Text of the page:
Friday, March 5, 2010
I was surprised to discover yesterday that I haven’t talked to my cousin in six years. I know it’s been six years because I wrote about his telephone call in the March 4, 2004, entry of my journal, One Hand Clapping. And in that entry, I made mention of the fact that prior to that, we hadn’t seen each other since 1990. Growing up, we were very close. We still are. I guess this proves it.
March 4, 2004 — I was jolted from my torpor yesterday evening by a phone call from a cousin I haven’t seen since our grandmother’s funeral in 1990. He was on a business trip and was calling from a hotel room in Washington, D.C. Fairly early in our conversation, I asked him if he still smoked. He said he had quit seven years ago with the help of nicotine gum, but that now he was hooked on the gum and thought he might have to take up smoking again in order to break the habit. This struck me as an extraordinary piece of information. In exchange, I told him about the time I took our grandfather to the grocery store, and looked on while he dismantled a large display of cantaloupes to get at the ones he wanted. He was about eighty-eight at the time and walked with a cane. When he got his hands on a shopping cart, however, he put the cane in the basket, leaned on the cart, and sped all over the store with his load of melons and sale items. It was almost impossible to keep up. While we were on the subject of melons, I also told my cousin that during the Depression, Gramp was one of the best-known watermelon pickers in the San Joaquin Valley. Yes, in those days, one could be known for such a talent. That’s why I miss those days, even though they happened before I was born. But Gramp was not merely a great watermelon picker. He was a watermelon consultant. They didn’t call it that back then, but that’s what he was. When a farmer was having trouble getting an already-picked load of melons past inspection because too many green melons had been picked, Gramp was called in to separate the green melons from the ripe melons. This is not as easy as it might sound. It is one thing to judge a melon’s ripeness while it is still attached to the vine, within its natural setting and context. It is entirely another when you are faced with thirty tons of melons stacked together. To most people, they all look alike. And you certainly can’t thump them all, because that would take forever. No, in a situation like that, what is needed is an understanding of melons. Gramp knew the degree of a melon’s ripeness at first glance. He didn’t have to stand there and think about it. My cousin was amazed. I said, “Yes, we also have this in our blood. It is something to be proud of.” When he said sheepishly that the melon-picking gene seemed to have passed him by, I encouraged him with, “No, you have the talent, it only needs to be awakened.” While he mulled this over, we chatted about other things, until we finally realized the conversation had run its course. I found this tremendously sad. It was almost as if a door had miraculously swung open, only to slam shut again.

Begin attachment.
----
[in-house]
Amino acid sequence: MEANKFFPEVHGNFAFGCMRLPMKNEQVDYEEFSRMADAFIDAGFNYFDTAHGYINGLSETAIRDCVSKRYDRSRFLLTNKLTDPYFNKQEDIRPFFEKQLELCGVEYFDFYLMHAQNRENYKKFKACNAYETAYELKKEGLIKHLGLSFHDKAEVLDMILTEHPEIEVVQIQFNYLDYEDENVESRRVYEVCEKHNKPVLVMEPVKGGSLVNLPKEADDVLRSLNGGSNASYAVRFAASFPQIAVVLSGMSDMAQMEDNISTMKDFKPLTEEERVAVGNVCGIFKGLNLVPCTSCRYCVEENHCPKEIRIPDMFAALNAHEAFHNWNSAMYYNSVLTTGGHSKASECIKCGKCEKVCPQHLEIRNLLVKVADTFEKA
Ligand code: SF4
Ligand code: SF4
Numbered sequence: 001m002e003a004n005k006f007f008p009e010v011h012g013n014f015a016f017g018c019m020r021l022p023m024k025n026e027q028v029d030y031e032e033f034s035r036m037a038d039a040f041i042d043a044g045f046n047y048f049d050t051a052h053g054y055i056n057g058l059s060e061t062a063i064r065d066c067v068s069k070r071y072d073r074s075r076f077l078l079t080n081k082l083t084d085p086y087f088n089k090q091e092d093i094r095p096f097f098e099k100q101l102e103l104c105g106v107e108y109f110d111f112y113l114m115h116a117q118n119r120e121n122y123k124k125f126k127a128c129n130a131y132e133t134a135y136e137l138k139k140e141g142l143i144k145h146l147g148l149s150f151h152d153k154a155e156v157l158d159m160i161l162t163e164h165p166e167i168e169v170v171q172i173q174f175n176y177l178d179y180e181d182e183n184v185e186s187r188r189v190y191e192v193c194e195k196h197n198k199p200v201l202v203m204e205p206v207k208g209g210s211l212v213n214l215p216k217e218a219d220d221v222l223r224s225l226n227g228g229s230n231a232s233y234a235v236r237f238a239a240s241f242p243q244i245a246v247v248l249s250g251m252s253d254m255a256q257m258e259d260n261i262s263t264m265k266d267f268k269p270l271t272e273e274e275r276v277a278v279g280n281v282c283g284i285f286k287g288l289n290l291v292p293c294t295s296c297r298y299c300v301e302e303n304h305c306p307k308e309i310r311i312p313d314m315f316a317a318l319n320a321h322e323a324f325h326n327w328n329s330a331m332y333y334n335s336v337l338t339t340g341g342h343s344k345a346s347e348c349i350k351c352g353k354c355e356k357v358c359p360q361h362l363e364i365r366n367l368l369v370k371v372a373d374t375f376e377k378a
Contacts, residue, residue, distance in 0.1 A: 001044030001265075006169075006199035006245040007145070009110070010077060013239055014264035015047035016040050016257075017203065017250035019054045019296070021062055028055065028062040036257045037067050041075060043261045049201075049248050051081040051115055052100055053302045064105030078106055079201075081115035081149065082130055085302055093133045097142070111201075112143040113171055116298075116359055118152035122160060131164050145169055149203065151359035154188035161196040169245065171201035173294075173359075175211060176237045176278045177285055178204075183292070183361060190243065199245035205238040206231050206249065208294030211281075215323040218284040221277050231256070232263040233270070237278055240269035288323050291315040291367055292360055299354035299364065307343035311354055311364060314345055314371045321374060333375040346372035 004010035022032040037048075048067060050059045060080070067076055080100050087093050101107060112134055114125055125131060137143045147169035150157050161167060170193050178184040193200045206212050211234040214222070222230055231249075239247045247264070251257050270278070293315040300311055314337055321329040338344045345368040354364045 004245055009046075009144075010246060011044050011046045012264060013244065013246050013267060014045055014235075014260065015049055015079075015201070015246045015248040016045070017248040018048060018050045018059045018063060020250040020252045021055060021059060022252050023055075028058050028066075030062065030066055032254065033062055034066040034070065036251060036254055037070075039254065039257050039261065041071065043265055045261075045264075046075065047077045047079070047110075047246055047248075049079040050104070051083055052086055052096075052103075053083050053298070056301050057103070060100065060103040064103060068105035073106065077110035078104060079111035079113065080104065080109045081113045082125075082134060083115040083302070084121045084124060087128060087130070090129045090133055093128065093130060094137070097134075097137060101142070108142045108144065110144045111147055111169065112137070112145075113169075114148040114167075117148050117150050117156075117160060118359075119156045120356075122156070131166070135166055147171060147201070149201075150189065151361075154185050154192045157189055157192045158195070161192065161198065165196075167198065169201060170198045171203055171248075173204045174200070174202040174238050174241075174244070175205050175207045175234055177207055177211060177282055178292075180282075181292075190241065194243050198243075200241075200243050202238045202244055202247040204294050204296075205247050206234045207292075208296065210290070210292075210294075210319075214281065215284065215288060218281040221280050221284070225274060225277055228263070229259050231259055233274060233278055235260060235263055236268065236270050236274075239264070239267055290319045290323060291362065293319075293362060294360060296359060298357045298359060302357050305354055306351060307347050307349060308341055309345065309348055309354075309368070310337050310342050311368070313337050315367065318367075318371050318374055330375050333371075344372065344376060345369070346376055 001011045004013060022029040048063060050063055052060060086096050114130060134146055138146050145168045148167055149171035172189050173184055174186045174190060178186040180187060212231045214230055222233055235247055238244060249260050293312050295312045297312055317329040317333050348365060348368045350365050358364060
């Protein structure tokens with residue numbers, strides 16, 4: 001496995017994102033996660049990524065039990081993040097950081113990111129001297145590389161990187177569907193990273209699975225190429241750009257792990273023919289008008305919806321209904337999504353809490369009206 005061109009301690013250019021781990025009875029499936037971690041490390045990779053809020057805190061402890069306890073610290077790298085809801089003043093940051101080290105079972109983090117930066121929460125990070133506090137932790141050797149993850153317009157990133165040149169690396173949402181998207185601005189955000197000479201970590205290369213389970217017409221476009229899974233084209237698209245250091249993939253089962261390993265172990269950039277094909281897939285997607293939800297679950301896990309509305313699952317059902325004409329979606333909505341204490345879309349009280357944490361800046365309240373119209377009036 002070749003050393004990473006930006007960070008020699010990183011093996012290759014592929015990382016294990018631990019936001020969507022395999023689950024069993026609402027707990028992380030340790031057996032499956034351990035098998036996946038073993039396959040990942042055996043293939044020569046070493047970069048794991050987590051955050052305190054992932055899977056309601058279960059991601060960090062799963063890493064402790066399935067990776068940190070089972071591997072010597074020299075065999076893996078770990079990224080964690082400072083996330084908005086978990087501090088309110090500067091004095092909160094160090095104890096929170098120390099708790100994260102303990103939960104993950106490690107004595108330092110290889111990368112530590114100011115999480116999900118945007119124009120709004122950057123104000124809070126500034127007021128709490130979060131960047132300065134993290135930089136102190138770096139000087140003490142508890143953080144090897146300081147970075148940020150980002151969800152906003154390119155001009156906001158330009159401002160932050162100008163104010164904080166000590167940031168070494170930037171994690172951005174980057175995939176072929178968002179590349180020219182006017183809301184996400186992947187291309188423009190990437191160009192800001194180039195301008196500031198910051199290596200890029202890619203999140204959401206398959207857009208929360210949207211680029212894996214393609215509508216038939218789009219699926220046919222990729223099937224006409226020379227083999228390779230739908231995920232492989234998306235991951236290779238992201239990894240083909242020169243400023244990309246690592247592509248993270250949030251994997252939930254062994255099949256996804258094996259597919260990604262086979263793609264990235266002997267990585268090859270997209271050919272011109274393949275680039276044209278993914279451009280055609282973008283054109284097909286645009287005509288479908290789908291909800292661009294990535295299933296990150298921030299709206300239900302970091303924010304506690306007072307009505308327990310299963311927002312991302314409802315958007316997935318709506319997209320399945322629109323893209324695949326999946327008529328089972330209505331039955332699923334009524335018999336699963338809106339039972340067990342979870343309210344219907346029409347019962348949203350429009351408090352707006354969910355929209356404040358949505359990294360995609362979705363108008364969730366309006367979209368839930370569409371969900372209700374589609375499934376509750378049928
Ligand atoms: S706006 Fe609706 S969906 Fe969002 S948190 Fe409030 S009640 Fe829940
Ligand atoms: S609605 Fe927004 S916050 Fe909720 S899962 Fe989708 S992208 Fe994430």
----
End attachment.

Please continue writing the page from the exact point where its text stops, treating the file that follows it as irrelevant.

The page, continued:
In the Forum: a period of artistic discrepancies.